- Larry David
The pay-it-forward principle works, according to a new study.
Derren Brown has just blogged about a US study, which shows that there is a 'kindness multiplier' that spreads via social networks. If we do something good, other people will follow-suit and ultimately triple the impact of that initial gesture.
The lesson appears to be that if you do something good for Brockley. Make sure people know about it and we'll all join in. So please use this thread to tell us, unashamedly, of something good you have done lately.
Posted by Nick Barron on 11.3.10
Last night, the Evening Standard front page declared that the planned improvements to the Jubilee Line, which promise a 30% capacity increase, could be under threat alongside a number of other tube upgrade projects.
That sounded unlikely, given that the work is nearly finished and commuters have already had to put up with month after month of disruption. Of all the projects that could be scrapped, that seemed to make the least sense.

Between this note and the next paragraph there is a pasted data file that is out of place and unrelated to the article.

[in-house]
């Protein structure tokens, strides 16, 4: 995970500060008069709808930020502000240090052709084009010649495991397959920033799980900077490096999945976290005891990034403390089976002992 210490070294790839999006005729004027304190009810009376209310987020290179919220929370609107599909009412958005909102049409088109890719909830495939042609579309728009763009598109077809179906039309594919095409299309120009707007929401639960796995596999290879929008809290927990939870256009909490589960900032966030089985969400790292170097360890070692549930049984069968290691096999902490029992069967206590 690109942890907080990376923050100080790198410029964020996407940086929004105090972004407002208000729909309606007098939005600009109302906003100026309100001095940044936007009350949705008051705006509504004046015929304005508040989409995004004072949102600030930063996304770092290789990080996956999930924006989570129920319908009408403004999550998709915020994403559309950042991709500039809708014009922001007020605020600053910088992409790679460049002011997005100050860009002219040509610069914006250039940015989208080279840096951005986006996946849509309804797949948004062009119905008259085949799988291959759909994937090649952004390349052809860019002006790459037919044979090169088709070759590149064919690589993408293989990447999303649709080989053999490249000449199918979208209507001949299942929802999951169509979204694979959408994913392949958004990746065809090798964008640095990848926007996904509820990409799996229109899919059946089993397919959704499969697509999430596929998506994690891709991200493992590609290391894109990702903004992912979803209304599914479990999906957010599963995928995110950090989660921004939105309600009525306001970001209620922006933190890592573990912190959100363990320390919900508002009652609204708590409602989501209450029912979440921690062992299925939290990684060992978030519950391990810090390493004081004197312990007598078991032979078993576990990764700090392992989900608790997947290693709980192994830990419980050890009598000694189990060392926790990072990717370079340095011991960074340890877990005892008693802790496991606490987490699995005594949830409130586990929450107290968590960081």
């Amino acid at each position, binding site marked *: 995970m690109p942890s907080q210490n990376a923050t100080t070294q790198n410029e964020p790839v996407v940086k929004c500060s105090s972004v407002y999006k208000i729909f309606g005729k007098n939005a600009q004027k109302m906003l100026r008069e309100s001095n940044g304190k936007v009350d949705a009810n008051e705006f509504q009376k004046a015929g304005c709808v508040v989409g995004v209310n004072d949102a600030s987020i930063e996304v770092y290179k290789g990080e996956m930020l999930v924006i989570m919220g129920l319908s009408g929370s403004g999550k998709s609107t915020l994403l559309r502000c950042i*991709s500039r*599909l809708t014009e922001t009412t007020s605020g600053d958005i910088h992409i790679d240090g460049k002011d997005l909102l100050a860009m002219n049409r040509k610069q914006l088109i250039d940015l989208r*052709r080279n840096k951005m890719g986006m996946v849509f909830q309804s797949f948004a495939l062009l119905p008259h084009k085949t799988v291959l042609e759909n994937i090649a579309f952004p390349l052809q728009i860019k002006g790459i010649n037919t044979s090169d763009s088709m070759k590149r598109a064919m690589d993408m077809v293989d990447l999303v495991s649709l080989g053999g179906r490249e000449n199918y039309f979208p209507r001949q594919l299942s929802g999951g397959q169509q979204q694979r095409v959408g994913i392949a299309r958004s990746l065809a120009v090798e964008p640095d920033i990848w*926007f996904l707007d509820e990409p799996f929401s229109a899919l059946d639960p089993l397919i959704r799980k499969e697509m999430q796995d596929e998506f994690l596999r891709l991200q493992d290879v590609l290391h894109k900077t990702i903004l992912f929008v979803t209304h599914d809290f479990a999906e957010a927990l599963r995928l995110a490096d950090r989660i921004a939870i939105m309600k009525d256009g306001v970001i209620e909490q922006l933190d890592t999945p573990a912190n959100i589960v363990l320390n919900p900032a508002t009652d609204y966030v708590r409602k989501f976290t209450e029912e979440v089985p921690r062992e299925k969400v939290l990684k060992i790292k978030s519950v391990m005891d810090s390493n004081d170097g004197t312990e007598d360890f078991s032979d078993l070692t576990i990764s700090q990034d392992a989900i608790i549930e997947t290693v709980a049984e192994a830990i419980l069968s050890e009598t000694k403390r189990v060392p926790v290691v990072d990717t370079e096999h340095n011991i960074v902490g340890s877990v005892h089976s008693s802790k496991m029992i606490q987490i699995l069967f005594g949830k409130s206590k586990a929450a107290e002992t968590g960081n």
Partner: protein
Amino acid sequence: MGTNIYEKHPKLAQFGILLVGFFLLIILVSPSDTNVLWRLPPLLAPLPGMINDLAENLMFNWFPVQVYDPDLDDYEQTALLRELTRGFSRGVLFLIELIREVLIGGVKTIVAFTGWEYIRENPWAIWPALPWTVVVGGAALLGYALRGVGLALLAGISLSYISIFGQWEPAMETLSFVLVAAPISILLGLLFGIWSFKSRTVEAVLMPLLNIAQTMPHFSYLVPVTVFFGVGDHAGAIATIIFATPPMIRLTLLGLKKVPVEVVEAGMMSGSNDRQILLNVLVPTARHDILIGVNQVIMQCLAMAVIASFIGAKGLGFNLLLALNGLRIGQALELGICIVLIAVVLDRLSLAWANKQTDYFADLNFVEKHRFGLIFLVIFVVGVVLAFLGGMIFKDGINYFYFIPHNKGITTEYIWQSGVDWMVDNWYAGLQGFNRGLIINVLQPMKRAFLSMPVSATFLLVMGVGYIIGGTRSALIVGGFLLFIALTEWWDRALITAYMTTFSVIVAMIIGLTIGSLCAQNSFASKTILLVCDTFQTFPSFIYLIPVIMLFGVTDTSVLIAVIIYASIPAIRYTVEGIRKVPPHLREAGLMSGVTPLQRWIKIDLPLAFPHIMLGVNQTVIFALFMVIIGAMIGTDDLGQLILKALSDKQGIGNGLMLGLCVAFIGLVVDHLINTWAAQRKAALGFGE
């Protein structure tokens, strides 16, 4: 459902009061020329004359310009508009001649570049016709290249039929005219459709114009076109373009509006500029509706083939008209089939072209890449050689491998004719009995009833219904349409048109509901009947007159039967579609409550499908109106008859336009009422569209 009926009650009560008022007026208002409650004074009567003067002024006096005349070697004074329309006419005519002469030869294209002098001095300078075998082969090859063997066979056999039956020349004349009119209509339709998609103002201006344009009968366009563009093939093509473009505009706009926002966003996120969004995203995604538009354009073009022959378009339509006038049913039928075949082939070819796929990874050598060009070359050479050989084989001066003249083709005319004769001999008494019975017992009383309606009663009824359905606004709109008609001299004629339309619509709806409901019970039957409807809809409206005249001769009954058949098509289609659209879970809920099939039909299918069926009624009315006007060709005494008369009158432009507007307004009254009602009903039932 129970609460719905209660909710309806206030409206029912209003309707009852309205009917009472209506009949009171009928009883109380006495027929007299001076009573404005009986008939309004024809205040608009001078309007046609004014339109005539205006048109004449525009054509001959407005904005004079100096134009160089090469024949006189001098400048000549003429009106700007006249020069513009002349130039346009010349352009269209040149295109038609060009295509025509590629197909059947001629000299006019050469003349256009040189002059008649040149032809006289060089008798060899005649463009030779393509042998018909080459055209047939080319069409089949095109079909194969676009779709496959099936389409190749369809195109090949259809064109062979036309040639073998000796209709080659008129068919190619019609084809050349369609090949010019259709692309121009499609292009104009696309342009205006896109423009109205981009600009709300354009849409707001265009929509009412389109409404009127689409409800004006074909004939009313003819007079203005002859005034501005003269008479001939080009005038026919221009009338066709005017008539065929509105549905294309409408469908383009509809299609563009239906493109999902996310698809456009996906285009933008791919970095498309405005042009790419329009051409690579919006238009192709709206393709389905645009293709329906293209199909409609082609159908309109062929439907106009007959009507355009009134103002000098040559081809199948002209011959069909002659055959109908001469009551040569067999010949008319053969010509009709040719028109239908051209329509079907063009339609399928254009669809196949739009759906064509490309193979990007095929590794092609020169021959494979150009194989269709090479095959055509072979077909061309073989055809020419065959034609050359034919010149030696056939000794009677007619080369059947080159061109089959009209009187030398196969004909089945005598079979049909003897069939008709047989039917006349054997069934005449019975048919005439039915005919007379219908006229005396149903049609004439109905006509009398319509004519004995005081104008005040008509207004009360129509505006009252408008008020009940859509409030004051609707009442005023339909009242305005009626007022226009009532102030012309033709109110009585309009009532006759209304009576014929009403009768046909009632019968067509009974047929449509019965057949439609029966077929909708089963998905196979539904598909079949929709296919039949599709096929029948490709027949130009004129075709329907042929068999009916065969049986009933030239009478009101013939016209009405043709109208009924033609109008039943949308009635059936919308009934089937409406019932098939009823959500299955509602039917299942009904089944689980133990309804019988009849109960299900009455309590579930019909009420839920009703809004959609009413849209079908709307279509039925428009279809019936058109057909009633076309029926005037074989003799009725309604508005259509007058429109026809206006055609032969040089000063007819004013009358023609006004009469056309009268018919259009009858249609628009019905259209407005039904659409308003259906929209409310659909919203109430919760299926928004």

Happily, this morning The FT quotes the acting CEO of Tube Lines Andrew Cleaves, who says that the weekend closures should be over by May and that the improved service could be running sooner than the currently-scheduled date of October 2010.
The fate of the Jubilee Line is particularly important for Brockley commuters, as it serves both London Bridge and the new East London Line interchange at Canada Water.
The international Transition Town movement is an increasingly important force in Brockley politics. Transition Brockley meetings are well-attended and brimming with ideas. The group already outnumbers many longer-established local groups, who can only look enviously at the manpower their volunteers offer.